My Long-Distance Boyfriend Has Met Someone Else but I Still Love Him. Help!

I’ve found myself in a difficult relationship position and I would like your advice. I met my boyfriend 18 months ago. He’s 37, I’m 33. He was a little reluctant at first as I have a child with someone else. However, we started dating and everything worked. He was keen. He locked me down in a relationship pretty quickly. There was no vagueness or uncertainty about what he wanted. Me. And I felt the same. We had a good, solid real relationship.

A year in he received a job offer that meant him returning back to his home country, 12,000 miles away. He decided to take it. I was fully supportive and the plan was for me to join him once he’d gotten everything settled on his end and I sorted everything out my end. I was worried the relationship might fizzle out going such long distance, but it didn’t. He came to visit as often as he could (at great expense to him) and we met half way as often as we could. He rang and texted all the time and still seemed as keen as ever. He got a house big enough for me, him and my son…whilst I’ve been sorting out all the other practicalities e.g. my visa, job, nursery place for my son.  

Then a month ago, he confessed out of the blue to meeting someone else and is now unsure. At first, I assumed he was just confessing to a one night stand, which given our long distance status I was prepared to forgive, but further talking has revealed it’s more than that. He’s seen this girl a few times and is now totally unsure what he wants. He’s been totally open and honest about it. He loves me and wants to be with me but at times feels the responsibility of me moving so far away from all my friends and family, with my son, for him, is a lot of pressure. This girl is a far simpler option. She lives nearby, she’s not uprooting her life for him so if it all went wrong, it would be far simpler.

I’m torn. Part of me gets his thinking and I’m glad he’s taking this decision seriously. But part of me thinks it may just all be bullshit. He’s basically fucking us both around because he can. Leading us both on…her for the physical side and actual company, me for the emotional support that comes with a long-term girlfriend. I know about her but she doesn’t know about me. His family only knows about me. His friends know about both of us.

I love this man and want it to work but I’m struggling to decide if his intentions are genuine or not. What do you think? Do you think this is a genuine dilemma and being understanding for a while is the best way forward or am I being played?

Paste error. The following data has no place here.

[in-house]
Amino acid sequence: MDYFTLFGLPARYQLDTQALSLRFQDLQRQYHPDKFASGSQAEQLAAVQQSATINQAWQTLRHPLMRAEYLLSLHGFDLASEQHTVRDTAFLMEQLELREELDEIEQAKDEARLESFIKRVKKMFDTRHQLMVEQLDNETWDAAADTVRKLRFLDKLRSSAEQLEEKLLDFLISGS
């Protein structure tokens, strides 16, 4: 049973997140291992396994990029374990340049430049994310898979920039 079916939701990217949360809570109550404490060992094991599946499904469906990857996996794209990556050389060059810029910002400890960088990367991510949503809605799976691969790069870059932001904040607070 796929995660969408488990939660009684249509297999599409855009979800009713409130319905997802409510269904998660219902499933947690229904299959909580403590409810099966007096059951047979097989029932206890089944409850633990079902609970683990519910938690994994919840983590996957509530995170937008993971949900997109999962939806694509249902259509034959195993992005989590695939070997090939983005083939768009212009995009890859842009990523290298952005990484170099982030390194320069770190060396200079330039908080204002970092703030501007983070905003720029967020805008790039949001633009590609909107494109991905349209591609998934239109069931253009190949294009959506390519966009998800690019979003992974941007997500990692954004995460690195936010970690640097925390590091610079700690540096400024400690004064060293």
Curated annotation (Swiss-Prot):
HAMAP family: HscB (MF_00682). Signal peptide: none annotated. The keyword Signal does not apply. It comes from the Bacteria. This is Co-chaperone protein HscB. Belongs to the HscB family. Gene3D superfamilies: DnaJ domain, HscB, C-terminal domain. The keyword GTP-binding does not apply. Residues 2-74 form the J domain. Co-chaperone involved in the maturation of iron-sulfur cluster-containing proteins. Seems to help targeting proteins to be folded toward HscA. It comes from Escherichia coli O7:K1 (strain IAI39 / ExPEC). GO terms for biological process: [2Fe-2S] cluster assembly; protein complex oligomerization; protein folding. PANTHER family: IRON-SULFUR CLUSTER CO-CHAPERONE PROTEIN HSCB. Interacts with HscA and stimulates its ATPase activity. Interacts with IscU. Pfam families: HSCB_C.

You’re not being played, Sarah. You’re being naïve.

I’ve written about the perils of long-distance relationships before.

Ready for Lasting Love?
Ready for Lasting Love?

Quite a few times, actually.

You don’t have to read all 7 of those links to get the basic premise:

Online dating is tricky.
Dating is tricky.
Relationships are tricky.
Long-distance relationships are the trickiest.

  • You don’t see each other in person often.
  • Your communication is restricted to Skype or FaceTime.
  • Your time together is like a vacation — short bursts of intense pleasure, fun and lovemaking.
  • Your intimacy is a bit of an illusion — everything can seem great, but that’s only because you’re not spending 24/7/365 together.

And even if EVERYTHING I wrote above is untrue about YOUR long-distance relationship, still, one of you is going to have to uproot his/her life to make a long-distance relationship work.

All that matters is that your boyfriend has a job in his home country, 12,000 miles away.

Even though my sister married her LDR, I NEVER recommend my clients engage in one.

Too risky. Too illusory. Too many built-in problems.

I don’t judge you, Sarah. We’ve all been in your shoes. But it’s time to grow out of them.

Is it possible that your boyfriend is trying to have his cake and eat it, too?

In the realm that we all pursue pleasure and avoid pain, it may be.

But the truth is that it doesn’t matter.


It doesn’t matter if he’s lying. It doesn’t matter if he’s telling the truth.


All that matters is that your boyfriend has a job in his home country, 12,000 miles away.

As such, he makes for a poor long-term prospect, no matter how much you love each other.

This girl didn’t break you up.

Find another man locally who possesses the same qualities he has.

She’s just the first person to call his attention to the fact that a romantic relationship from halfway around the world is not really a romantic relationship, but rather, a pen pal.

Let your boyfriend go.

Find another man locally who possesses the same qualities he has.

It’ll be hard in the short-run as all break-ups are, but you’ll both be very glad when you’ve found new partners who can cuddle with you seven nights a week, reading this blog aloud in bed.

(I’m assuming that’s what most couples do.)

Good luck.